The 2022 Major League Baseball Trade Deadline was one out of a fairy tale – at least for that of one Juan Soto.
The 23-year-old super-slugger found a new home in San Diego alongside fellow superstars Fernando Tatis Jr. and Manny Machado, while the New York Yankees, Atlanta Braves and Houston Astros also stayed very busy all throughout the day as active buyers leading up to the deadline.
The Toronto Blue Jays?
Well, they reportedly engaged in conversations with a number of big players, but were unable to pull the trigger on any of them… Juan Soto included.
Oh right, Noah Syndergaard was also a player the team was keen on.
No, Toronto did not pull off any of the bigger moves in what was an exceptionally active trade deadline, but the team did land a few names that will look to help what seems to be an underachieving bubble team.
First, the club opted to beef up its bullpen by way of a trade for a former Blue Jay and a Canadian – How much better could it get?
Well, the club gave away its star prospect Jordan Groshans in the process, so it wasn’t all sunshine and rainbows for Blue Jays fans. The deal saw Anthony Bass return to Toronto alongside Brampton, Ontario’s own Zach Pop in exchange for Groshans – the team’s No. 4 prospect.
“It’s pretty special to be able to go back home, see my family and play for the Blue Jays,” Pop said of the deal. “I’ve got a lot of friends and a lot of people rooting for them right now. To be a part of what they’re doing up there right now is pretty amazing. They’ve got a great team over there, and I’m lucky to be a part of it. They’re doing some special things.”
Both Bass and Pop are relievers and will come out of the bullpen for the Jays in the stretch run. Pop – a 25-year-old right-hander – will be under club control through 2026, while Bass – a 34-year-old right-hander – could option for another season in Toronto following the conclusion of 2022.
“I’m going to a team with a chance to make the postseason, which, as players, is what we always want to do,” Bass said. “Our end goal is to win a World Series, so that part is exciting, going to Toronto for that opportunity. Obviously, it’s a familiar place. I was with them in 2020, so it will be a nice transition for me.”
Pop is a heavy hurler in the midst of a decent 2022 campaign. His 7.8 strikeouts over nine innings is a decent upgrade from some of Toronto’s current relief help. He is a ground ball out machine and will likely throw many low strikes for the club moving forward.
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Bass, on the other hand, has had himself a career year thus far with Miami, posing 45 strikeouts over 44 and two-third innings with a beautiful 1.41 earned run average to boot.
This acquisition of two strong relievers is all fine and well, but for it to be the headline deal of an important trade deadline day, it just wasn’t enough from GM Ross Atkins and company.
The team did add vaccination holdout Whit Merrifield in another deal that saw minor leaguers Samad Taylor and Max Castillo head to Kansas City.
“He’s such a good player, first and foremost, and he is very accomplished with incredible experiences,” Atkins said of Merrifield. “The versatility, the contact ability, the speed, playing multiple positions, incredible base runner. I feel very good about him at so many different positions that that versatility will help us down the stretch. Between he and Calvin and Rimel and others, we feel like we can really protect and keep guys from time to time off their feet in the event of the injury we’re very well covered.”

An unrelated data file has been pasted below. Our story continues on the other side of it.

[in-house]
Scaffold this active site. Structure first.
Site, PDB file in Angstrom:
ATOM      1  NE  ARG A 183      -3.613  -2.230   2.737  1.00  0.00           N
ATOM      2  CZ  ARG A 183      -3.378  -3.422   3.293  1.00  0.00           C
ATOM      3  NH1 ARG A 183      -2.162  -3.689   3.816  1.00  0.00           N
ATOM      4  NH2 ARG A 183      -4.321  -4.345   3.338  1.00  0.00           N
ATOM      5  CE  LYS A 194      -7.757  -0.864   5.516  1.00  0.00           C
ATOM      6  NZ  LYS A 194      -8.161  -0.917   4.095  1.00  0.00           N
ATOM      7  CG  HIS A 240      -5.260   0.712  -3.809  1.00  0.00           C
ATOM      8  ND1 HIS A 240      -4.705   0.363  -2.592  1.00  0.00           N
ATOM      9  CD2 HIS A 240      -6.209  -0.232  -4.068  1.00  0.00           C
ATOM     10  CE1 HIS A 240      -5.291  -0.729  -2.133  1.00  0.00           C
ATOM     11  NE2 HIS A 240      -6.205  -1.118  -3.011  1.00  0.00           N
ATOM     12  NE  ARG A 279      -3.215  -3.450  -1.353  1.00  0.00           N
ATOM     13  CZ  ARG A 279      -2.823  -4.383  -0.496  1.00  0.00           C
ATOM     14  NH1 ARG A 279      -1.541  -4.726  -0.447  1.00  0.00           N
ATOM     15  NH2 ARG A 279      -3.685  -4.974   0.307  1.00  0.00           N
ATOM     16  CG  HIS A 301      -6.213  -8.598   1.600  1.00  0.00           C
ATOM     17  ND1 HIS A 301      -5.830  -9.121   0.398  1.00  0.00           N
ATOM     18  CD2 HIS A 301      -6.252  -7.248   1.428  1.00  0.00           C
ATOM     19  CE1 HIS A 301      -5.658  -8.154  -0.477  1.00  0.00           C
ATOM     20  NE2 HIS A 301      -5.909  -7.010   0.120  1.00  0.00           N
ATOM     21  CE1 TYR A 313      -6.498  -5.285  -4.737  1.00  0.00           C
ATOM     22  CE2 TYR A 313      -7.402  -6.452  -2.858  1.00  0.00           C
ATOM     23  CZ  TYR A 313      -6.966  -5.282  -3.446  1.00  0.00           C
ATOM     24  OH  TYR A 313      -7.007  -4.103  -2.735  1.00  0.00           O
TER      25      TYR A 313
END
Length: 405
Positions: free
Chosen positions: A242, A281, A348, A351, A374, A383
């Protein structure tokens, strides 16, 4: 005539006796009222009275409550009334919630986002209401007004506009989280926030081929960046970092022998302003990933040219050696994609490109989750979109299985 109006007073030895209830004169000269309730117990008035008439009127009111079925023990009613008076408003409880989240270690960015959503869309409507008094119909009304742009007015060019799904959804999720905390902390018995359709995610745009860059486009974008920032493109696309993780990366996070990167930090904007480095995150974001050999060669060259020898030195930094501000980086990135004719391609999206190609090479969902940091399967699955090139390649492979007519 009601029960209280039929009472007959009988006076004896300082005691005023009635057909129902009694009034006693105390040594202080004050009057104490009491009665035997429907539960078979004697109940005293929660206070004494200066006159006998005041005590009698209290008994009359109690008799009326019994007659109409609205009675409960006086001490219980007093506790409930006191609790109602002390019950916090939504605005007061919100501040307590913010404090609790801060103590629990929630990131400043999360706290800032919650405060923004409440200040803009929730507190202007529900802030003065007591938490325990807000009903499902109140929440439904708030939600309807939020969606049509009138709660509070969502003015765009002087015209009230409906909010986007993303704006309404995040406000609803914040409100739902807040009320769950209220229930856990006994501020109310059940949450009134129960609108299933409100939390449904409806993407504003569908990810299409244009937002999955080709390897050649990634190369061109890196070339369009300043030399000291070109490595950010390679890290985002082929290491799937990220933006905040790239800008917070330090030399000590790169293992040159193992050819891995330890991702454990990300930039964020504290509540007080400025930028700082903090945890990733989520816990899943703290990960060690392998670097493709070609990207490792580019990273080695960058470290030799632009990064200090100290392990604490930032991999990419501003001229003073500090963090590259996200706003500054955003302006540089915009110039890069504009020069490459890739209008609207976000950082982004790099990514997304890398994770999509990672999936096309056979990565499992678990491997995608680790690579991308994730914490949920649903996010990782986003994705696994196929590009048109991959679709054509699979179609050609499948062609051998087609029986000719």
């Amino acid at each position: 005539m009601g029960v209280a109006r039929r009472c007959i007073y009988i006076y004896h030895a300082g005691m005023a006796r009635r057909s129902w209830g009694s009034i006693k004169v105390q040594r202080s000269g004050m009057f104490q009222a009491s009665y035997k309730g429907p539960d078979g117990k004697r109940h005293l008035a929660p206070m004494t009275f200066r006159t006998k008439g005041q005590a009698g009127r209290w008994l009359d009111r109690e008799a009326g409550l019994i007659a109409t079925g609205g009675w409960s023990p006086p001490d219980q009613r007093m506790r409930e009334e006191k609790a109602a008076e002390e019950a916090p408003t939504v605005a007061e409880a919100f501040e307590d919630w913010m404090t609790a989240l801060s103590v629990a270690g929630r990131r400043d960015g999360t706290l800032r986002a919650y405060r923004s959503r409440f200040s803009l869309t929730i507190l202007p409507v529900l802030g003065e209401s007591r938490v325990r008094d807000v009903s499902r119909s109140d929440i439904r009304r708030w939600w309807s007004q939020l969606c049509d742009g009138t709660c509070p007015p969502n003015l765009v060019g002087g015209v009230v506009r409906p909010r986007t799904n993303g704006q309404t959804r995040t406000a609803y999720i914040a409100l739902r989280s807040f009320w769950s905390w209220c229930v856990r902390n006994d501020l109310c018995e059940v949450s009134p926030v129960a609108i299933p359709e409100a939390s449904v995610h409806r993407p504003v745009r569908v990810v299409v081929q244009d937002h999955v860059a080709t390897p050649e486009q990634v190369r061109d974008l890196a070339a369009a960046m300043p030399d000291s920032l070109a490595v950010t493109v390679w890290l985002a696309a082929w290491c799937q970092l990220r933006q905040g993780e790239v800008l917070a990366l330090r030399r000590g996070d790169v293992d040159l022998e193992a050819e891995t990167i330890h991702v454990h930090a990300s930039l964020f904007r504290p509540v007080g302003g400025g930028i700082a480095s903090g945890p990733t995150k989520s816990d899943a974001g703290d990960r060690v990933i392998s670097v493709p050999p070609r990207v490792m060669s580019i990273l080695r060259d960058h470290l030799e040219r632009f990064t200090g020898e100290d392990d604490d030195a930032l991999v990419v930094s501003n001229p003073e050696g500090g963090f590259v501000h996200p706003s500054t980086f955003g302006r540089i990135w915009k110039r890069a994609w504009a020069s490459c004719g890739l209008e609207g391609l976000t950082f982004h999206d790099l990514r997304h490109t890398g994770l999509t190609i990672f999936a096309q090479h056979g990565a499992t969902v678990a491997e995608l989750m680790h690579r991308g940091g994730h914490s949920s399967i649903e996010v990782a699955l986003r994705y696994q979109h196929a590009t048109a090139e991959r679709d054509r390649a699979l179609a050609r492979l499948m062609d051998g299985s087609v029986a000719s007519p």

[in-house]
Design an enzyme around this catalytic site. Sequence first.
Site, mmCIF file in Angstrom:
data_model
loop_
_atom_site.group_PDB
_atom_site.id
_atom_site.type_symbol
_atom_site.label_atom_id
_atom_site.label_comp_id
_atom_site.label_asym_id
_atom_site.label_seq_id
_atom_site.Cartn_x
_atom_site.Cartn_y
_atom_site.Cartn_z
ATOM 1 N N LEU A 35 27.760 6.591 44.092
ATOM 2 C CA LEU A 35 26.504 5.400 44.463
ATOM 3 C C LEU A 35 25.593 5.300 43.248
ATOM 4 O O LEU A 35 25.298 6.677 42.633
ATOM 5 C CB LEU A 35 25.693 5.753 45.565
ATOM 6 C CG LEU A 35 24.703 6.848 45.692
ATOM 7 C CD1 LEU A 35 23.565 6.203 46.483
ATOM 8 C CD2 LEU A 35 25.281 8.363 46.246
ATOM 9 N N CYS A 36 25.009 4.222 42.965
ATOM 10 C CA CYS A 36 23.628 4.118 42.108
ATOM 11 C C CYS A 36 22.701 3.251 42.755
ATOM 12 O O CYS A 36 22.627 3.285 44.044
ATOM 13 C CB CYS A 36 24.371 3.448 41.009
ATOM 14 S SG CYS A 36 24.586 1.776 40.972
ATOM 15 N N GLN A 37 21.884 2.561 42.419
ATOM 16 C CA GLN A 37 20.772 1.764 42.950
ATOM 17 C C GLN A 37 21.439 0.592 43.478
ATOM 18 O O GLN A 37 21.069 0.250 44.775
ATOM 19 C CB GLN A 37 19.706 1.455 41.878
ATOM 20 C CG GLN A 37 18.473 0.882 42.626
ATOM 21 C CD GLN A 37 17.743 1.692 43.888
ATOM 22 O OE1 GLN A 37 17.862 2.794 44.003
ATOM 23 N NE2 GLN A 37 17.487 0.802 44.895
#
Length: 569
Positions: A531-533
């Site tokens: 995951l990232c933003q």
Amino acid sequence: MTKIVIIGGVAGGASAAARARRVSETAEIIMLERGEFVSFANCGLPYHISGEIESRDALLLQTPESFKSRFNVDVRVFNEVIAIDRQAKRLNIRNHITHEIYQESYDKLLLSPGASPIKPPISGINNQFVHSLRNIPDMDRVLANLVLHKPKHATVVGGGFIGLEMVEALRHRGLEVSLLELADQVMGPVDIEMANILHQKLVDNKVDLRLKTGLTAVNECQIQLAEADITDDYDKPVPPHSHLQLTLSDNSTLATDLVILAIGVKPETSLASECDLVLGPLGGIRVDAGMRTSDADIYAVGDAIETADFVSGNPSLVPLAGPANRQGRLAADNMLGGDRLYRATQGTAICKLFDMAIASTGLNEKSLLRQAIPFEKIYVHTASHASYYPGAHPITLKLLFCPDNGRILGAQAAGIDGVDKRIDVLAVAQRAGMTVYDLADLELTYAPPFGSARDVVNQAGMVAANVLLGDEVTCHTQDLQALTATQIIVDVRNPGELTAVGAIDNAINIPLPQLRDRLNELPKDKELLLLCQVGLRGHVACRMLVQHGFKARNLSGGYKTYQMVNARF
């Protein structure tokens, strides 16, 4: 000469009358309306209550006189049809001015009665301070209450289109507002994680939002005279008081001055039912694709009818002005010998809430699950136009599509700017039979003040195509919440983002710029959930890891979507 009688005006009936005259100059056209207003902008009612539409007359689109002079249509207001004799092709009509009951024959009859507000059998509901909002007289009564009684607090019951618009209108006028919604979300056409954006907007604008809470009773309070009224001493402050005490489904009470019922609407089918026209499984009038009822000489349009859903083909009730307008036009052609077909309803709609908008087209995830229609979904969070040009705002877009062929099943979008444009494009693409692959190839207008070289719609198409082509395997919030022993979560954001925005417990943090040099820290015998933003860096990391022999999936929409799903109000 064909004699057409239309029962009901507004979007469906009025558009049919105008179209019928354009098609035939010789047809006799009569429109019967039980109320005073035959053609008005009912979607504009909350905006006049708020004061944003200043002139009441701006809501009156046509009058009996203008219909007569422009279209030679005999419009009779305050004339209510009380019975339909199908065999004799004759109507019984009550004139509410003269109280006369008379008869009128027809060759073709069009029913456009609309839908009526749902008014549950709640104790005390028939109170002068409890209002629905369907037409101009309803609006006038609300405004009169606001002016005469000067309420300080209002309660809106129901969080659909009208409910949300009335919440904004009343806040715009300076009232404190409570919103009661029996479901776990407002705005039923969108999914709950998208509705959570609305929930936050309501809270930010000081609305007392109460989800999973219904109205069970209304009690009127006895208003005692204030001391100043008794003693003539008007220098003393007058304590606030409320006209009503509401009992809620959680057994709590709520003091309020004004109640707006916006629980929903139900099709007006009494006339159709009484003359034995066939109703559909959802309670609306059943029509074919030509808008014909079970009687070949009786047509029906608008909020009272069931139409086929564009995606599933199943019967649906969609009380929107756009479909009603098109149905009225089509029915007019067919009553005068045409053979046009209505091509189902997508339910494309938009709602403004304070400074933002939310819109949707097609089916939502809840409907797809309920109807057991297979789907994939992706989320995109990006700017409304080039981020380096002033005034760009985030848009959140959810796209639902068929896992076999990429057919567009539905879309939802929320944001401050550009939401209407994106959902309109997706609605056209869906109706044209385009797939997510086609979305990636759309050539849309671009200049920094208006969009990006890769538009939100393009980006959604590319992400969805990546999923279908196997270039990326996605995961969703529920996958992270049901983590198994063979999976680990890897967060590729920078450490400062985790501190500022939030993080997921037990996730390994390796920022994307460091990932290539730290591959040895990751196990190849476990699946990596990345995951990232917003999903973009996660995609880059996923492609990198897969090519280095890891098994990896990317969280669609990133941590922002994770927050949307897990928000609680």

The utility infielder is hitting .240 this season over 95 games but was one of a slew of players on the Royals that did not make the trip to Toronto earlier this past July due to vaccination status.
“Right or wrong, I didn’t do it on a whim,” Merrifield said in an interview related to his stance on COVID and its restrictions related to Canada/USA. “It’s been a long thought process. Because I understand what Canada has in place right now. That’s the only reason that I would think about getting it at this point, is to go to Canada. That might change down the road. Something happens and I happen to get on a team that has a chance to go play in Canada in the postseason, maybe that changes.”
The 33-year-old has actually had a tough showing this year in Kansas City. That, pairs with his worrisome attitude related to the border requirements may give some Jays fans nightmares, but current clubhouse manager John Schneider doesn’t seem the least bit concerned with his new infield position player.
“I think he’ll fit in great,” Schneider said. “He’s a good player who can do a lot of different things that complement our roster that’s already really good. The athleticism, the versatility. We’ve seen him play. He’s a gamer. So we’re excited to have someone who gives you a little bit more insurance.”
Toronto’s biggest need, however, was help in its rotation. Despite the attempt to bring back Syndergaard, the groundwork just didn’t seem to happen and nothing major materialized in time for a move prior to the deadline.
“We are so excited about this team and the acquisitions,” Atkins added. “I think the continuity aspect of it being able to think about complementing this core, the work we’ve done on the teammates and the character, the present value and the future value of each of these individuals is really exciting for us.”
The mainstays including Kevin Gausman, Jose Berrios, Alek Manoah, and Ross Stripling do need help with the injury to Hyun-Jin Ryu. Another starter to assist Yusei Kikuchi was in high demand. Will that failed acquisition come back to haunt Toronto come the postseason? Only time will tell.
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